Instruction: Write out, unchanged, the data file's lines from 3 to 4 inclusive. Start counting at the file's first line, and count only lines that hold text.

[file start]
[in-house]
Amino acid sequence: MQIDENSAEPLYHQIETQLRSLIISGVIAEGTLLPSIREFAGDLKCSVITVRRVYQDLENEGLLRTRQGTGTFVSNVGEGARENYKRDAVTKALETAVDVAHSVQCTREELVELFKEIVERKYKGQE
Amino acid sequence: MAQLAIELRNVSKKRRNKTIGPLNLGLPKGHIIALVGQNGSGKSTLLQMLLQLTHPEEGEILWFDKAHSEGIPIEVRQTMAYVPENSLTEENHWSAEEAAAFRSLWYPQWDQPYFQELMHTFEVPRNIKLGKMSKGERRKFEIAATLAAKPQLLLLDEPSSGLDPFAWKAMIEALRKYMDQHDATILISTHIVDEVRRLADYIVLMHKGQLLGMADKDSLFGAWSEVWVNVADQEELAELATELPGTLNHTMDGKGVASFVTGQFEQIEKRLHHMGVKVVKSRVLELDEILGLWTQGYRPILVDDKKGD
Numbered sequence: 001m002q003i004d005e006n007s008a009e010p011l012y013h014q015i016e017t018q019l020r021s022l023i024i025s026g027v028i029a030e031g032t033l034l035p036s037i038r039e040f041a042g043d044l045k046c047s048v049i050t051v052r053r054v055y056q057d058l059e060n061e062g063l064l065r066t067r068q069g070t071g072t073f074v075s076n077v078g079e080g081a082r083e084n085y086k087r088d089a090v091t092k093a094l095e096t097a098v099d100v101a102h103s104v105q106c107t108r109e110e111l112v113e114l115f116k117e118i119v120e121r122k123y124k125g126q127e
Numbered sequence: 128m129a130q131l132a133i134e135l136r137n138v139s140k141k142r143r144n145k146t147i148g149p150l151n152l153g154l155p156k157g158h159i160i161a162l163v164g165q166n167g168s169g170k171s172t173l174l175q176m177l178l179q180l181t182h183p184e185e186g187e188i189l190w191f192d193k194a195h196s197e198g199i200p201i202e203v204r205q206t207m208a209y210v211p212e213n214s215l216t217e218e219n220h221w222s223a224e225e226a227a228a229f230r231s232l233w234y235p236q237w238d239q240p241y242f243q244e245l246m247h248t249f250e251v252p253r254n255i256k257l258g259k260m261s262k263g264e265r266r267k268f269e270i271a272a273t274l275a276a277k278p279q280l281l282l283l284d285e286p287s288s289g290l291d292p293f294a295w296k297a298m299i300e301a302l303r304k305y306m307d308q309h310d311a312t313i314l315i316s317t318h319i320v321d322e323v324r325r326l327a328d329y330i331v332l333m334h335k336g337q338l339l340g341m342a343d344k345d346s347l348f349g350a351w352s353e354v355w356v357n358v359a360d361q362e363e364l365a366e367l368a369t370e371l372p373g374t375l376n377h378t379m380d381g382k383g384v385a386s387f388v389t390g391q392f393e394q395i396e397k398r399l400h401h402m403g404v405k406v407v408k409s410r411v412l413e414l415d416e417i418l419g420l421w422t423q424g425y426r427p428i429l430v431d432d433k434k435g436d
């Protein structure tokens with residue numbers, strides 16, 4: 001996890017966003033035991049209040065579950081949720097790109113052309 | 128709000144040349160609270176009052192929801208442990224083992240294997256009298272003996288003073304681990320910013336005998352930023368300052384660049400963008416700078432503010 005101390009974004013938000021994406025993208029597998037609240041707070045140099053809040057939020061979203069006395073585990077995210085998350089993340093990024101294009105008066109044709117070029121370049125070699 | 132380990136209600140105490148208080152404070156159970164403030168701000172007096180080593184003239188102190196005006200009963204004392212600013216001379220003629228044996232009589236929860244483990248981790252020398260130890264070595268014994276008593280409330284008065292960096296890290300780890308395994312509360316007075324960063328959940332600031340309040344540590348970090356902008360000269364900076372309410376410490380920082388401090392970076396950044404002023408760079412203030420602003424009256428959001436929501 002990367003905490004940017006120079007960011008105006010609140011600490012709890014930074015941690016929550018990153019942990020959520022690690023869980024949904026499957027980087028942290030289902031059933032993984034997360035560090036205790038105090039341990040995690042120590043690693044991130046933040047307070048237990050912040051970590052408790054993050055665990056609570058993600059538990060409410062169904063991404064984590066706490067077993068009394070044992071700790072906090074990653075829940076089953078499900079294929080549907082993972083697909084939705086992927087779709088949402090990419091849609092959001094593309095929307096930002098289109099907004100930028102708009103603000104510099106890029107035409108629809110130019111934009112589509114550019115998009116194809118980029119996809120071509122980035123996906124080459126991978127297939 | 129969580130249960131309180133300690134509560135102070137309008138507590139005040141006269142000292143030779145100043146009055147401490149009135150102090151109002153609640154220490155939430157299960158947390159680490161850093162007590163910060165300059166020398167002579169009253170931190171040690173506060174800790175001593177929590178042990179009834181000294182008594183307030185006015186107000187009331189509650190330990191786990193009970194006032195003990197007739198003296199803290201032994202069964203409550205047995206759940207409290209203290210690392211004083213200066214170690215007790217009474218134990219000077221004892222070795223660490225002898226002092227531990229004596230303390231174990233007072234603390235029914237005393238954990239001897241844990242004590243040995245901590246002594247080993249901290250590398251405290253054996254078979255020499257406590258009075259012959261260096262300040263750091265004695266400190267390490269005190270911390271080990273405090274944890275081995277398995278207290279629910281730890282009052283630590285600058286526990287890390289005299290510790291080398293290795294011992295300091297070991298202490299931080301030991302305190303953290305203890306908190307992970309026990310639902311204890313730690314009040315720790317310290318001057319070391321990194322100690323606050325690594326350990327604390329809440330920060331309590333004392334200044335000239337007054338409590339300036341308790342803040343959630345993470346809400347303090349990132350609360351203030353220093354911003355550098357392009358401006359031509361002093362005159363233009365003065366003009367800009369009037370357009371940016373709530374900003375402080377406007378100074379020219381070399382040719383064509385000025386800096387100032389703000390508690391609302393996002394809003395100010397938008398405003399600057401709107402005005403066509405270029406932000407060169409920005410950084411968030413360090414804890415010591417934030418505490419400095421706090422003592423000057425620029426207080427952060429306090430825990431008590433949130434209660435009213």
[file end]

Amino acid sequence: MAQLAIELRNVSKKRRNKTIGPLNLGLPKGHIIALVGQNGSGKSTLLQMLLQLTHPEEGEILWFDKAHSEGIPIEVRQTMAYVPENSLTEENHWSAEEAAAFRSLWYPQWDQPYFQELMHTFEVPRNIKLGKMSKGERRKFEIAATLAAKPQLLLLDEPSSGLDPFAWKAMIEALRKYMDQHDATILISTHIVDEVRRLADYIVLMHKGQLLGMADKDSLFGAWSEVWVNVADQEELAELATELPGTLNHTMDGKGVASFVTGQFEQIEKRLHHMGVKVVKSRVLELDEILGLWTQGYRPILVDDKKGD
Numbered sequence: 001m002q003i004d005e006n007s008a009e010p011l012y013h014q015i016e017t018q019l020r021s022l023i024i025s026g027v028i029a030e031g032t033l034l035p036s037i038r039e040f041a042g043d044l045k046c047s048v049i050t051v052r053r054v055y056q057d058l059e060n061e062g063l064l065r066t067r068q069g070t071g072t073f074v075s076n077v078g079e080g081a082r083e084n085y086k087r088d089a090v091t092k093a094l095e096t097a098v099d100v101a102h103s104v105q106c107t108r109e110e111l112v113e114l115f116k117e118i119v120e121r122k123y124k125g126q127e